Those living with eating disorders in southeastern Ontario will soon have access to a new treatment program – the first of its kind – thanks to provincial funding.
Kingston Health Sciences Centre (KHSC) will receive $1 million in new funding through Ontario Health, the organization announced on Tuesday, Mar. 15, 2022. The funding will expand treatment for eating disorders available through KHSC, offering “a critical layer of mental health care that is a first for Southeastern Ontario,” in the form of a day treatment program. The new provincial “base funding” aims to develop a treatment program for transitional aged youth (ages 16 through 24) who have moderate-to-severe eating disorders, such as anorexia nervosa or bulimia. These patients, KHSC said, “do not require hospitalization but do need more intensive services than those provided by traditional outpatient clinic appointments.”
“A day treatment program can provide daily therapy sessions while also allowing patients and their families to maintain and practice social relations and coping skills closer to home, such as excursions supporting meal challenges and nutrition education in the community setting,” the organization said, noting that the KHSC day program will treat up to 10 patients at a time with support from a multidisciplinary care team including a psychiatrist, psychologist, nurse practitioner, social worker, and dietitian.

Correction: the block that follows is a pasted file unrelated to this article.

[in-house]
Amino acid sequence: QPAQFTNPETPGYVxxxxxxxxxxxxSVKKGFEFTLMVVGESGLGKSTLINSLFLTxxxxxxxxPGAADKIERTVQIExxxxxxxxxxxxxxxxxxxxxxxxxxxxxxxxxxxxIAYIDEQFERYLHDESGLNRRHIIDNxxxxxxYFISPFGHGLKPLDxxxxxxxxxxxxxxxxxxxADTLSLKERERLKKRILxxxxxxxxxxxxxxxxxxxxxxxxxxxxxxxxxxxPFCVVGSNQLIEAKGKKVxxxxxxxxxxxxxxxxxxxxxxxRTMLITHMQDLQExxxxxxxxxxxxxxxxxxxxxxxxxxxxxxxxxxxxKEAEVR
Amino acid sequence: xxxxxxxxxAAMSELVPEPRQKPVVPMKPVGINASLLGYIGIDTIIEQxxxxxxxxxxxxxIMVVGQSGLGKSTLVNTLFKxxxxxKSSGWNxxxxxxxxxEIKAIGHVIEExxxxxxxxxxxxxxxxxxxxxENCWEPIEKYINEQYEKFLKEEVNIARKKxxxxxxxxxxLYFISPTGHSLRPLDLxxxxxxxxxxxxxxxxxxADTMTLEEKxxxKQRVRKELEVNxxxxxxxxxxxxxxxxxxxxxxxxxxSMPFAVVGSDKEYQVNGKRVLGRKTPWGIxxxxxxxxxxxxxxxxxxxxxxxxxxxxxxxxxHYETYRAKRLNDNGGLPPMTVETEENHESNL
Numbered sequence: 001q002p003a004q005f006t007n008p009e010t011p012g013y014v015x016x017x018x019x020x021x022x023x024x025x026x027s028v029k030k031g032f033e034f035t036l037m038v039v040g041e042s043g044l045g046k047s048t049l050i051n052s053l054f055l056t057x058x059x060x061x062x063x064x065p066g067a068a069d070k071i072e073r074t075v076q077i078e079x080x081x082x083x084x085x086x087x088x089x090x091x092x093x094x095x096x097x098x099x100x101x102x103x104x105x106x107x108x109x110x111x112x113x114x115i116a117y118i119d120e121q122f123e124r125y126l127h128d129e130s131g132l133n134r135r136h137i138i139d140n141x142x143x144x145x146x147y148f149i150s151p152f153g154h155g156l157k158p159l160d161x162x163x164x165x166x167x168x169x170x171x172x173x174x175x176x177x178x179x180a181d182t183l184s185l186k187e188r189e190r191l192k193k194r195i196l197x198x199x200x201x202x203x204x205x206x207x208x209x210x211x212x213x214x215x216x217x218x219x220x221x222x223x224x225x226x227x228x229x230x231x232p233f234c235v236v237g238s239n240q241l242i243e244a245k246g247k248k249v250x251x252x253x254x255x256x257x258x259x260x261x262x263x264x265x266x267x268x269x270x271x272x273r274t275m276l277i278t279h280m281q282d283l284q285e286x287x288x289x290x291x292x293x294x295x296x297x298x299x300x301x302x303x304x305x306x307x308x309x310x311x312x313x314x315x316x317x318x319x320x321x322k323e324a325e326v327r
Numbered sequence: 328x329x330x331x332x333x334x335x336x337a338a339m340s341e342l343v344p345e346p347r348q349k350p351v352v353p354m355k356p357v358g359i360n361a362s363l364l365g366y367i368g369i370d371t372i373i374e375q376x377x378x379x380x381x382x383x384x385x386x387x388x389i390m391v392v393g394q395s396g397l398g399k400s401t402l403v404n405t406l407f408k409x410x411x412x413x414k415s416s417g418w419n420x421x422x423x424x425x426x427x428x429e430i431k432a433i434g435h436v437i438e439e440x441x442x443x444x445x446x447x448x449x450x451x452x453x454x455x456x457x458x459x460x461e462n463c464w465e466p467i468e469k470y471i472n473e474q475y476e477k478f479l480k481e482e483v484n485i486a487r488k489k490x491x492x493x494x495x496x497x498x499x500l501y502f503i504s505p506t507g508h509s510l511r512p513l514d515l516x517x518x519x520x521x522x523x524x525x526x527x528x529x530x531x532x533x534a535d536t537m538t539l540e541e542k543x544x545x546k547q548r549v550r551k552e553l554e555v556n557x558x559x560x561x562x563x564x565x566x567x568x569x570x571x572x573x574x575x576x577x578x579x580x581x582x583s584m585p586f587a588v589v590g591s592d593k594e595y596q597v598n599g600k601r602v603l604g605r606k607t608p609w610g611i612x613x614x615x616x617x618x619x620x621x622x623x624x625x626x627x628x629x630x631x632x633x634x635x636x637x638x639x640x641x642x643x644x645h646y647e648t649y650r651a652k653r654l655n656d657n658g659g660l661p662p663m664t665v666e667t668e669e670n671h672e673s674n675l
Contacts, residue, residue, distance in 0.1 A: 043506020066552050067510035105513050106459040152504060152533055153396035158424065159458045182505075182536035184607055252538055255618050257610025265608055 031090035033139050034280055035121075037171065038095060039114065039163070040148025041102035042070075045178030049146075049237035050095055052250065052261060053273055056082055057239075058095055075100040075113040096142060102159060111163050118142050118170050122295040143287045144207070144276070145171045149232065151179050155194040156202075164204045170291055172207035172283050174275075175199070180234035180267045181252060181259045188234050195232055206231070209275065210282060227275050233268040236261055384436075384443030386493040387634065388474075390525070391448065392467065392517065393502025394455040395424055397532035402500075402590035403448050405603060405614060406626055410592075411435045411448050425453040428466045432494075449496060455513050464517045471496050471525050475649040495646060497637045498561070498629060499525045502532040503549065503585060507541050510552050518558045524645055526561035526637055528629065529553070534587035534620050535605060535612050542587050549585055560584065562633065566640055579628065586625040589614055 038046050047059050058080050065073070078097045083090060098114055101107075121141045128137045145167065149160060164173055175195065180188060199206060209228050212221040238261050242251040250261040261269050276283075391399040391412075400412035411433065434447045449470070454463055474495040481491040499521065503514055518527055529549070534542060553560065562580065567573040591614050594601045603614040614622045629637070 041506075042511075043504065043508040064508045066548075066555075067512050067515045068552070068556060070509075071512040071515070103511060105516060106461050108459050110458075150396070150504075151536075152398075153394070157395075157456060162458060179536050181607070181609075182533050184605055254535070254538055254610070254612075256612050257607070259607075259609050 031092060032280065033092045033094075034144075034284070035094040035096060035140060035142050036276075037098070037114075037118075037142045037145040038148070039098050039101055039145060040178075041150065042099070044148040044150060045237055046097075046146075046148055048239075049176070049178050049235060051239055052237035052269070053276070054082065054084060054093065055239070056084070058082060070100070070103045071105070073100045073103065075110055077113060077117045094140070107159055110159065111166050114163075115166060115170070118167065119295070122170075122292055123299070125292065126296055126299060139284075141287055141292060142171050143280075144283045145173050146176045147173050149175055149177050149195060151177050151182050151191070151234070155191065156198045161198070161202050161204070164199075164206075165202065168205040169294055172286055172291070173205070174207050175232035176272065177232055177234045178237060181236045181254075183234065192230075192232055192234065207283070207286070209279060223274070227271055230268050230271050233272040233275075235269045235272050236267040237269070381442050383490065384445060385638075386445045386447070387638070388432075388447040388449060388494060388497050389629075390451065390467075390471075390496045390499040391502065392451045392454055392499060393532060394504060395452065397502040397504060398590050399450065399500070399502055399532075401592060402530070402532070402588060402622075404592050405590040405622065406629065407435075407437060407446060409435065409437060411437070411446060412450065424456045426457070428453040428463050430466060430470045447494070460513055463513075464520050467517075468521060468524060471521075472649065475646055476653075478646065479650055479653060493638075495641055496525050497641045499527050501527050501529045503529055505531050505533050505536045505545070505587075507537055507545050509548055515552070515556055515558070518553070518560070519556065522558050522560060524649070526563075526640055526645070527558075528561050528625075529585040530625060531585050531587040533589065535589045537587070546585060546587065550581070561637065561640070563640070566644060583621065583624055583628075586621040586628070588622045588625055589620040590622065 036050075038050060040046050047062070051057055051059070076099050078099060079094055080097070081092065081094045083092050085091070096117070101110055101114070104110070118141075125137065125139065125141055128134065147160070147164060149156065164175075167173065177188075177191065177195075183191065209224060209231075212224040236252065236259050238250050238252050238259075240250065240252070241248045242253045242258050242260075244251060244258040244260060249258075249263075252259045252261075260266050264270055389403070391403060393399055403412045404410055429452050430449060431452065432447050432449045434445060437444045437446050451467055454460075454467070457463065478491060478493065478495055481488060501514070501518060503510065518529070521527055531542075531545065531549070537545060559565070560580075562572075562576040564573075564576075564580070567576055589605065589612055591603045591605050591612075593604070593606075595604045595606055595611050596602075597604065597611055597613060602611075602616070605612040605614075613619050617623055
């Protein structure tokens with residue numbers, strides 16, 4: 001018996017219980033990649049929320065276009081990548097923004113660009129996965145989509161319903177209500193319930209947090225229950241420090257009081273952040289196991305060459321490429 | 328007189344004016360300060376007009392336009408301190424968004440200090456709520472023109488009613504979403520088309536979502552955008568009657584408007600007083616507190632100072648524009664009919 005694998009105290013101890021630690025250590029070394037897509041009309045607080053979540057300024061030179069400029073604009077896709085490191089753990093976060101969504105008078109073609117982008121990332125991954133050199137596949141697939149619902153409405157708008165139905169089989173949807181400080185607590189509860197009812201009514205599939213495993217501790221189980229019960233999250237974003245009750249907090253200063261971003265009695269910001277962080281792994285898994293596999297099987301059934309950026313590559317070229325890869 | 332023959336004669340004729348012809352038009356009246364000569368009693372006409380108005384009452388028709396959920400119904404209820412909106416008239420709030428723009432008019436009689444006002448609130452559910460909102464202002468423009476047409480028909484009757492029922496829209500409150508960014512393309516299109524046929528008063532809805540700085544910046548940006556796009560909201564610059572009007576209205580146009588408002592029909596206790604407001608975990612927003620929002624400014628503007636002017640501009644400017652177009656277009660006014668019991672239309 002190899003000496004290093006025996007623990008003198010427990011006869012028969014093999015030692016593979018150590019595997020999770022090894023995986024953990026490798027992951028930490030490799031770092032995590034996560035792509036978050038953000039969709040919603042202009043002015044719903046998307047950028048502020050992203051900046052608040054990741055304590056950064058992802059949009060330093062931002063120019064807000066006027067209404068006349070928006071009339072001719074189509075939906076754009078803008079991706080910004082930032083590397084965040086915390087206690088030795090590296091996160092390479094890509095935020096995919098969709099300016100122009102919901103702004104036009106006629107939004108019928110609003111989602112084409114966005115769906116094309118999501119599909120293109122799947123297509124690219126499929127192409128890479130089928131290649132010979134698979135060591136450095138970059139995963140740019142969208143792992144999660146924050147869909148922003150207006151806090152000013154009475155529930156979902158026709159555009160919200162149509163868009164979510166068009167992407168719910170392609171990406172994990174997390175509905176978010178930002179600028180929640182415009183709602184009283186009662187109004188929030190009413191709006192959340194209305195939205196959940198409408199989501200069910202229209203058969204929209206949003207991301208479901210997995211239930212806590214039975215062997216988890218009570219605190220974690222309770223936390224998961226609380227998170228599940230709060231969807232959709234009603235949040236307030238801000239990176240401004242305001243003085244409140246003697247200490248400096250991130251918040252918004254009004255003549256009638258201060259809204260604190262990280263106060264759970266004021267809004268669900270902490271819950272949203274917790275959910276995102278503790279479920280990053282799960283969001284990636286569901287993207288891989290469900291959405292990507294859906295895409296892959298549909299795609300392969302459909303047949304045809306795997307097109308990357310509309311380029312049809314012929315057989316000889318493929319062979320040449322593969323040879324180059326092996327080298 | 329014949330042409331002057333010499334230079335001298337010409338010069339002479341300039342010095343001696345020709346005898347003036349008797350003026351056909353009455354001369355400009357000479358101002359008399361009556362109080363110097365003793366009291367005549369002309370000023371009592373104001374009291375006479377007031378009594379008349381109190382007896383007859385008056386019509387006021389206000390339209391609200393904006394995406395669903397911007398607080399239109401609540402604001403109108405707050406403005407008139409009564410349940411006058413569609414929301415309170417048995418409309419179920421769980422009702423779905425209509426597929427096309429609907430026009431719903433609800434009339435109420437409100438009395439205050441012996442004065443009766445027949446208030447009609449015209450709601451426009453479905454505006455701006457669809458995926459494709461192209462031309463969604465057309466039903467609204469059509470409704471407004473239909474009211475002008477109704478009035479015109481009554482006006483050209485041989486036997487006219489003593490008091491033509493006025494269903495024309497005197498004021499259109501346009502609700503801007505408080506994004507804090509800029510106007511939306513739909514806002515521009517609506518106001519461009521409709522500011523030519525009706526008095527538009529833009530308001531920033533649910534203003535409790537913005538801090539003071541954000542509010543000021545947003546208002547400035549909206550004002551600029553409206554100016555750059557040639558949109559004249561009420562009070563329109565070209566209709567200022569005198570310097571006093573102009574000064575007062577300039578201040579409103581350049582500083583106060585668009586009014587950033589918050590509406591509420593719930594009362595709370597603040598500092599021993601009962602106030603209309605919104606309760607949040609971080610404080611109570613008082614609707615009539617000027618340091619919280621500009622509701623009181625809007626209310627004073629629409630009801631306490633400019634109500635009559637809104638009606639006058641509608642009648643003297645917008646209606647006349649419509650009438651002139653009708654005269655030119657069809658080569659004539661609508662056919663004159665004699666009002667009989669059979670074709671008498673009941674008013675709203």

“This investment meets a critical need,” said Nicholas Axas, Program Operational Director of the Mental Health and Addiction Care program at KHSC. “In Southeastern Ontario, we currently only offer inpatient and outpatient services, with no treatment layer in between. Day treatment can help prevent a hospital stay and also allow for a smoother transition out of hospital for those admitted for medical stabilization.”
Axas shared that eating disorders have only grown in prevalence since the beginning of the COVID-19 pandemic, including locally, where KHSC saw a 50 per cent increase in referrals to its adult, child, and adolescent eating disorder programs last year alone.
“The isolation and heightened anxiety brought on by the pandemic have surely helped to trigger this jump in referrals,” said Dr. Nishardi Waidyaratne-Wijeratne, a psychiatrist in KHSC’s adult outpatient eating disorders program. “We’re also seeing an increase in complexity and severity of eating disorders.”
Dr. Waidyaratne-Wijeratne said that eating disorders are intricate conditions, making them complicated to treat, and that “best practice includes a stepped-care approach to treatment providing differing levels of interventions—hospital admission, day treatment services and outpatient programs—based on individual needs.”
“We’re grateful for these resources that will help us to provide a broader spectrum of care for those living with eating disorders,” said Dr. David Pichora, KHSC President and CEO, in a statement. “We know that a community-based day program has long been a dream for mental health care providers at KHSC, and we’re excited to see this new level of investment in mental health care in the southeast.”
KHSC is the largest acute care academic hospital in the region – consisting of Kingston General Hospital, Hotel Dieu Hospital, the Cancer Centre of Southeastern Ontario, and two research facilities – and is fully affiliated with Queen’s University.